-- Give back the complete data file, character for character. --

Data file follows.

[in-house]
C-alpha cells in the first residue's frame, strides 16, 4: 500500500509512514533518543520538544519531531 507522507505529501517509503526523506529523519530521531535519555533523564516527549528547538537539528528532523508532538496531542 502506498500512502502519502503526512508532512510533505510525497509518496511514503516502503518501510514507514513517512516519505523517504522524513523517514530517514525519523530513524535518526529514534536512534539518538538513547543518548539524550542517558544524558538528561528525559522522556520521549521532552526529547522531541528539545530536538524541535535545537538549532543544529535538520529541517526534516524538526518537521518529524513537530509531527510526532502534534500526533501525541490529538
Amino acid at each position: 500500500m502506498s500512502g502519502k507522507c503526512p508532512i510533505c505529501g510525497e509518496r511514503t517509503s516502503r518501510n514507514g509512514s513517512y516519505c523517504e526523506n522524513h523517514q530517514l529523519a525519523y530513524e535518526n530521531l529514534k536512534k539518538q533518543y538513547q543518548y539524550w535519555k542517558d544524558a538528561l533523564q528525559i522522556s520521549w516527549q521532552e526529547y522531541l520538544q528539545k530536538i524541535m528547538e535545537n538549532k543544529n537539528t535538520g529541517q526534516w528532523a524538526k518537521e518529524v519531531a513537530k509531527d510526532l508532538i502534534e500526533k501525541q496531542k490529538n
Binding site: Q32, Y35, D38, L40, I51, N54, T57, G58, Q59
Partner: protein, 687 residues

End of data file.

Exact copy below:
[in-house]
C-alpha cells in the first residue's frame, strides 16, 4: 500500500509512514533518543520538544519531531 507522507505529501517509503526523506529523519530521531535519555533523564516527549528547538537539528528532523508532538496531542 502506498500512502502519502503526512508532512510533505510525497509518496511514503516502503518501510514507514513517512516519505523517504522524513523517514530517514525519523530513524535518526529514534536512534539518538538513547543518548539524550542517558544524558538528561528525559522522556520521549521532552526529547522531541528539545530536538524541535535545537538549532543544529535538520529541517526534516524538526518537521518529524513537530509531527510526532502534534500526533501525541490529538
Amino acid at each position: 500500500m502506498s500512502g502519502k507522507c503526512p508532512i510533505c505529501g510525497e509518496r511514503t517509503s516502503r518501510n514507514g509512514s513517512y516519505c523517504e526523506n522524513h523517514q530517514l529523519a525519523y530513524e535518526n530521531l529514534k536512534k539518538q533518543y538513547q543518548y539524550w535519555k542517558d544524558a538528561l533523564q528525559i522522556s520521549w516527549q521532552e526529547y522531541l520538544q528539545k530536538i524541535m528547538e535545537n538549532k543544529n537539528t535538520g529541517q526534516w528532523a524538526k518537521e518529524v519531531a513537530k509531527d510526532l508532538i502534534e500526533k501525541q496531542k490529538n
Binding site: Q32, Y35, D38, L40, I51, N54, T57, G58, Q59
Partner: protein, 687 residues